by Mallory Turner
No, seriously, where are you? I’m relatively new to the beer scene, but it doesn’t take a certified Cicerone to be able to notice the lack of female flavor in this batch. Craft beer is an overwhelmingly male-dominated industry. It doesn’t really make sense, does it? Aren’t we expected to stay in the kitchen, anyway? It seems like women and brewing should be a perfect fit. Oddly enough, there is truth to that statement; women were actually known as being the original brewers, sorry, I mean brewsters, the female counter-part to ‘brewer’ (how cute is that?!).
The history, no, herstory, the herstory of brewing actually began four thousand years ago in Mesopotamia with the Ancient Sumerians. Women were the only ones allowed to brew beer. They even had three female deities to watch over the whole process: Ninkasi, “the lady who fills the mouth”, and Siris were both Goddesses who would watch over the daily ritual of brewing, and there was Siduri, who was a very wise alewife, or brewster, from the epic Gilgamesh. Not only did Siris know her shit when it came to beer, she was also full of wisdom, which she imparted onto Gilgamesh. Continue reading
By Mallory Turner
First rule in craft beer bars: trust your bartender. And at the risk of hearing loud guffaws and endless mockery when I walk into work, don’t be afraid to trust your servers, either. Most of us know what we’re doing. Most of us also have opinions on how to and how not to behave in bars devoted to delicious craft beers, specifically local ones. The list I’ve compiled is mostly negative, and quite possibly about you, so be forewarned.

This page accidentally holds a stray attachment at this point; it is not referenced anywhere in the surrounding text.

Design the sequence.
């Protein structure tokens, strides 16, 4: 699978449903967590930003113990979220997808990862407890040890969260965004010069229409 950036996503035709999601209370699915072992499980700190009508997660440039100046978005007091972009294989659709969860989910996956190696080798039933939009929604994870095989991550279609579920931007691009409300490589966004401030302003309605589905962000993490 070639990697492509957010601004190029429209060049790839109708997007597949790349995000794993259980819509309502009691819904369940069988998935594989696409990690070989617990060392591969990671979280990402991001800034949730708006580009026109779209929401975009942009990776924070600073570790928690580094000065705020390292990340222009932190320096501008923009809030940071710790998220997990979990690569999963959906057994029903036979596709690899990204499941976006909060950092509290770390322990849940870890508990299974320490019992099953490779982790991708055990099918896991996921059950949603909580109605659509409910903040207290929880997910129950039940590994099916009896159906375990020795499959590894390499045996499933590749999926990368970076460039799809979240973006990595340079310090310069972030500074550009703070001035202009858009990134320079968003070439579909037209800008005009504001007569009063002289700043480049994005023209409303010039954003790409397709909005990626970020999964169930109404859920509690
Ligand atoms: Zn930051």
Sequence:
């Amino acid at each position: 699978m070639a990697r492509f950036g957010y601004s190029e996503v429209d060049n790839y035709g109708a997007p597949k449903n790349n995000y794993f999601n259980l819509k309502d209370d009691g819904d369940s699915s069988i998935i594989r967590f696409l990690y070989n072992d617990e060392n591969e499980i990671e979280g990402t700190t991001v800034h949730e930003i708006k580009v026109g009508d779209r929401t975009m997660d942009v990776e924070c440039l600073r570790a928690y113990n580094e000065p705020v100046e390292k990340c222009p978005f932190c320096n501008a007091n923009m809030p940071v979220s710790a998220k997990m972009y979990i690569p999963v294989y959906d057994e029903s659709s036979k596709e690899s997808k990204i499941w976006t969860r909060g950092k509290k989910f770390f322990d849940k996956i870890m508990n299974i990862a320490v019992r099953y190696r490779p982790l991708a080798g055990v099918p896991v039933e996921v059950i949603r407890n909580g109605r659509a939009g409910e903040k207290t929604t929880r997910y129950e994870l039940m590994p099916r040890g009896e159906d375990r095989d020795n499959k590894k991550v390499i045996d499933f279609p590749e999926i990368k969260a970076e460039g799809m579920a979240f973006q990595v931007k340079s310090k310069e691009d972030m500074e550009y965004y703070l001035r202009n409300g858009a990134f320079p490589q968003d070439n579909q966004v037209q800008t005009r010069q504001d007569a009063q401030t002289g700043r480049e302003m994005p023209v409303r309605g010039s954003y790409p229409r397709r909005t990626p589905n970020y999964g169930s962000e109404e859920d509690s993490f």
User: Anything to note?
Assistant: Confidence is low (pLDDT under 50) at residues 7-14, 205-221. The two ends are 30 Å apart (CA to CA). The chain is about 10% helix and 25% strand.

Most importantly, other than trusting your service staff, obviously, don’t be a snob. Let’s be honest, no one likes a snob. Snobs in the craft beer community tend to be categorized into two groups: those who know very little about a lot and those who know a lot about very little. Both tend to be the ones who swirl, sniff, and slurp. Every single time. Every single taste. The former may have dabbled in home-brewing. And, of course, by “dabbled in”, I mean they’ve tried it once, most likely a failed interpretation of a Bock. These are the ones who ask me for stout blondes. They’re the ones who learned just enough about beer terminology to not know how to use it correctly. The latter of the category tends to be the self-important type, which we have all too much of in our little community, and these are the ones I feel, most often, the need to address. Continue reading